Commentary Magazine


Topic: Michael Isikoff

Reversing Obama’s Worst Decision Yet?

Michael Isikoff reports:

Top administration officials are getting nervous that they may not be able to proceed with one of their most controversial national-security moves: trying Khalid Sheikh Mohammed and four other accused 9/11 conspirators in federal court in New York City. Last November Attorney General Eric Holder Jr. portrayed the trial as a way to showcase the American justice system to the world — and to accelerate President Obama’s stalled plans to shut down the U.S. prison at Guantánamo Bay. But because of shifting political winds in Congress, the trial is now “potentially in jeopardy,” a senior official, who did not want to be named talking about a sensitive situation, tells Newsweek. The chief concern: that Republicans will renew attempts to strip funding for the trial and, in the aftermath of the bombing attempt aboard Northwest Flight 253, pick up enough support from moderate Democrats to prevail.

It seems that Sen. Lindsay Graham and Rep. Frank Wolf will try to force votes in Congress to cut off funding for the trial. And one additional issue: the more than $200 million price tag for each year of the trial. The kicker: “If Holder’s plans are thwarted, though, one top administration official, who also didn’t want to be named talking about delicate issues, notes there is a Plan B — reviving the case against the alleged 9/11 conspirators before a military tribunal, just as the Bush administration tried to do.”

This would be a stunning turnaround, an admission of Holder’s irresponsibility and of the Justice Department’s loony leftism. But this, of course, was part and parcel of Obama’s personal vision and his “not-Bush” approach to the war against Islamic fascists. Obama spent his campaign and the first year of his presidency eschewing the Bush anti-terror policies — employing enhanced interrogation techniques, maintaining Guantanamo, using military tribunals to prosecute terrorists — and pronouncing that they represented a betrayal of “our values.” He told us we’d rack up credit with … with whom was never quite clear, but we’d rack up credit. Those who sought to incinerate innocents or who were attracted to the words of Major Hassan’s favorite imam (or was it the European elites who give out prizes for such foolishness?) would, presumably, be impressed. And we’d lure the butchers of children and women out of their mindset by impressing them with the wonders of the federal criminal procedure.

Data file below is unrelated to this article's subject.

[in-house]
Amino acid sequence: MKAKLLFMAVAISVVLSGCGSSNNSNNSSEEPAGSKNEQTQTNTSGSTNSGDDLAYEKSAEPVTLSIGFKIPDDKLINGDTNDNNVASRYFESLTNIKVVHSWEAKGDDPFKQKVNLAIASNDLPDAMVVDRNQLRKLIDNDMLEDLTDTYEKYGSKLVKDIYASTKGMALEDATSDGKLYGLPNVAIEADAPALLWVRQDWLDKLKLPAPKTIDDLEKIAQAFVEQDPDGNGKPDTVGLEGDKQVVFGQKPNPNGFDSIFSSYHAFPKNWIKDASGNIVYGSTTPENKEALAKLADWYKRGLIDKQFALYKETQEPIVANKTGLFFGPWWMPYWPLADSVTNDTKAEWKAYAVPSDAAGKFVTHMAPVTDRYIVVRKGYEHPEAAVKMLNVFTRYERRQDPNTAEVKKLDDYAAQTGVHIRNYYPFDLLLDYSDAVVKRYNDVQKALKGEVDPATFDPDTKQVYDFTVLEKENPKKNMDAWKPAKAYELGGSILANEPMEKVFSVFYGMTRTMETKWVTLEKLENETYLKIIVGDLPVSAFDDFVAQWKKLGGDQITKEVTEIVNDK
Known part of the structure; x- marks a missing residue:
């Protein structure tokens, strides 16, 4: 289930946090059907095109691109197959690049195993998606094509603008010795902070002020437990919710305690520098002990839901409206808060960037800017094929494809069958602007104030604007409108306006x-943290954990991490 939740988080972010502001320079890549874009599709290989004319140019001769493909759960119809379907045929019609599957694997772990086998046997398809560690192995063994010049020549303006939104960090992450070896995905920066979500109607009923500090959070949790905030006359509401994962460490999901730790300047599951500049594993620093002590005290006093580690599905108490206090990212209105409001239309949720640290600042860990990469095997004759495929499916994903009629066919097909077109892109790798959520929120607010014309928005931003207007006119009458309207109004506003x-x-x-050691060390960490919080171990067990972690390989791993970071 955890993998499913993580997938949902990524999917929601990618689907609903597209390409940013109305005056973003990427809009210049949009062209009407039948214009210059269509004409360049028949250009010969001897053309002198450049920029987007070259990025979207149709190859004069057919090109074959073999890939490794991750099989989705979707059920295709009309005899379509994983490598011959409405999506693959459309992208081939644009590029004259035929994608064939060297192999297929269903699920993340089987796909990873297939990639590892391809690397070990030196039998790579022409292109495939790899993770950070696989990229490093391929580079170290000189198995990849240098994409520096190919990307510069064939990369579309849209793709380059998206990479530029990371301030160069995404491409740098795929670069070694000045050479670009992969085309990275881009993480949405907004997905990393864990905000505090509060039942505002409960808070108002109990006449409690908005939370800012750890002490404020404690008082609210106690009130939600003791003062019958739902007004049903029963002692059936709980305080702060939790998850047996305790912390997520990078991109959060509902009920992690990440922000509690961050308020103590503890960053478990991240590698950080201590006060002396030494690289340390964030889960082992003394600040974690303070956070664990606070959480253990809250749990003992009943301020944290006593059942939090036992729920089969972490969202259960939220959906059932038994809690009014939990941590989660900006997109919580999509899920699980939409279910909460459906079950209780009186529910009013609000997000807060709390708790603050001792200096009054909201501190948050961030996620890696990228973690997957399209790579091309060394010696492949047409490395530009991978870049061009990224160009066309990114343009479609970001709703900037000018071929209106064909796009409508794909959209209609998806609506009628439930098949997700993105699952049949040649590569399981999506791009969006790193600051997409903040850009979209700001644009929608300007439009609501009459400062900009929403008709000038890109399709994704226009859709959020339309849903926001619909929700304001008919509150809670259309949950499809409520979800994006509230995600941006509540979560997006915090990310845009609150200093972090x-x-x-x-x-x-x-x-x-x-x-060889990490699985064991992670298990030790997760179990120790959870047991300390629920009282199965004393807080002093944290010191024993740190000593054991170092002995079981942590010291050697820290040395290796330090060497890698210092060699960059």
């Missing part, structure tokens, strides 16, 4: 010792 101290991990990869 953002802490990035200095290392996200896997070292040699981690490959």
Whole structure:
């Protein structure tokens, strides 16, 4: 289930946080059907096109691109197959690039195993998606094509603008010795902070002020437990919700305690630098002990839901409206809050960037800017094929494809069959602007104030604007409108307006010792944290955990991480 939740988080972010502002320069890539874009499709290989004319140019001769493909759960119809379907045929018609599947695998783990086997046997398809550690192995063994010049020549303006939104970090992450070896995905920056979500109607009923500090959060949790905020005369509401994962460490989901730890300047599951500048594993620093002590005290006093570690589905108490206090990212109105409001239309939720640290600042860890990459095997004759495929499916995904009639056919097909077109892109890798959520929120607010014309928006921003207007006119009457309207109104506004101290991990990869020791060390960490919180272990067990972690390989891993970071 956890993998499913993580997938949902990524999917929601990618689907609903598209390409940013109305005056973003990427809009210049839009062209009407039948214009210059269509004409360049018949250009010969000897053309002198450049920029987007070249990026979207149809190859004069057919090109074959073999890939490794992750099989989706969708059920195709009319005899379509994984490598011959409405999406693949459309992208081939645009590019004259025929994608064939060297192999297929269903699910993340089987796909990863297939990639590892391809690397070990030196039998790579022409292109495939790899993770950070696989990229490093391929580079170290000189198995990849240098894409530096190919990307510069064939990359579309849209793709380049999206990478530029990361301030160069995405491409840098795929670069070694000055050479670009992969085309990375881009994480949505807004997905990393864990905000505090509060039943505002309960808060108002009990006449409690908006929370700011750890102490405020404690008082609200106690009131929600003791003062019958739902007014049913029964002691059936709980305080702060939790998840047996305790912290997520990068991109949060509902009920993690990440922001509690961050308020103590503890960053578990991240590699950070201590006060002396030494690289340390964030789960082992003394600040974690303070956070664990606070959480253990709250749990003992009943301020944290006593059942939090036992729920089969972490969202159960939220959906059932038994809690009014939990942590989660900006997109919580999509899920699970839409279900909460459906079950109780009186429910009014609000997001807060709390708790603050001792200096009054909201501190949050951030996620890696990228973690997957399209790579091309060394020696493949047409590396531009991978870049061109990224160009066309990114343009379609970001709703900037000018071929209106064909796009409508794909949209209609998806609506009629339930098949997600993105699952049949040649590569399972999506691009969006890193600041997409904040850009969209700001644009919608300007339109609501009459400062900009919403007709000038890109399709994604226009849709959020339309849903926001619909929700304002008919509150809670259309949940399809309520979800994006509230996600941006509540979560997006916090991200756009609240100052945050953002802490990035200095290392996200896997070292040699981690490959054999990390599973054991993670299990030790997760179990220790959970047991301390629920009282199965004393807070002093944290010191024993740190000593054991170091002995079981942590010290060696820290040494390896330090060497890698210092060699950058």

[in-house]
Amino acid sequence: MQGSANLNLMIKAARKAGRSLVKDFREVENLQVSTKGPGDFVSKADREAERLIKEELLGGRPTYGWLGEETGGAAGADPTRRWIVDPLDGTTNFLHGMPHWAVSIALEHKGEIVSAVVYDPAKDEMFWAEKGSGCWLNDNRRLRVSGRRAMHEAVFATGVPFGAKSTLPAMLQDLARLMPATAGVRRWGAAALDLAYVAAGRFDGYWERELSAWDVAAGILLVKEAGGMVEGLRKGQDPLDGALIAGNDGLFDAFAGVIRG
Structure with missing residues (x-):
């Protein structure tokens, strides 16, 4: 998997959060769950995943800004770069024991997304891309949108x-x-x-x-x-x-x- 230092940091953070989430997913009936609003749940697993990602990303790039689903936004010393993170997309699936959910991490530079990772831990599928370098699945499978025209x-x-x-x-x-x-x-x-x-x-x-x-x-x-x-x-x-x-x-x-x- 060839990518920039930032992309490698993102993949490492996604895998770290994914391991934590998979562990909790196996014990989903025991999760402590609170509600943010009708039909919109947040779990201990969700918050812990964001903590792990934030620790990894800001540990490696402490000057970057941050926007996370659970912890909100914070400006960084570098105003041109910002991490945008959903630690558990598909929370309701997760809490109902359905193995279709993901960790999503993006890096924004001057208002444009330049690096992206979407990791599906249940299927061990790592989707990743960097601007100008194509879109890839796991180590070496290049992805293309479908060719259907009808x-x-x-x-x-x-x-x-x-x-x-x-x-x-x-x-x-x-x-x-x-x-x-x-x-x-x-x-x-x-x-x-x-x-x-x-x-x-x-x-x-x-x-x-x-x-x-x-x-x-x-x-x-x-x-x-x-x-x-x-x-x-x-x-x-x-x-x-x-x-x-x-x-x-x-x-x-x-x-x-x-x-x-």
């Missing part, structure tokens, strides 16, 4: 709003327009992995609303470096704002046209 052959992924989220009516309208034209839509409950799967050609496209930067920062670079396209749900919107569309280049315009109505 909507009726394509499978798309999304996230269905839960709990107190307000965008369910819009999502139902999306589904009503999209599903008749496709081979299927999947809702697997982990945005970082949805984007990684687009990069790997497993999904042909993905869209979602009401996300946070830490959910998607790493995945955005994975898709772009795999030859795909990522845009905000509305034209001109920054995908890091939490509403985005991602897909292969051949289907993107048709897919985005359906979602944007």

But alas, that proved to be politically untenable and logistically difficult. We had three domestic terror attacks. The president was hammered for his clueless reserve and the Keystone Kops response to the Christmas Day bombing. So now being “not Bush” doesn’t seem like such a good idea. It was born of arrogance and from a distorted view of the nature of our enemy. If Obama retreats on both this and Guantanamo, it will be a bitter pill for the Left and sweet vindication for those who kept us safe for seven and a half years after 9/11. But more important, it will be a step toward sanity in the administration’s national security policies. And should Obama and Holder feel the sting of humiliation if forced to abandon their plans to shutter Guantanamo and give KSM a propagandistic platform, the White House may find that a small price to pay to sync up its anti-terror policies with both reality and public opinion.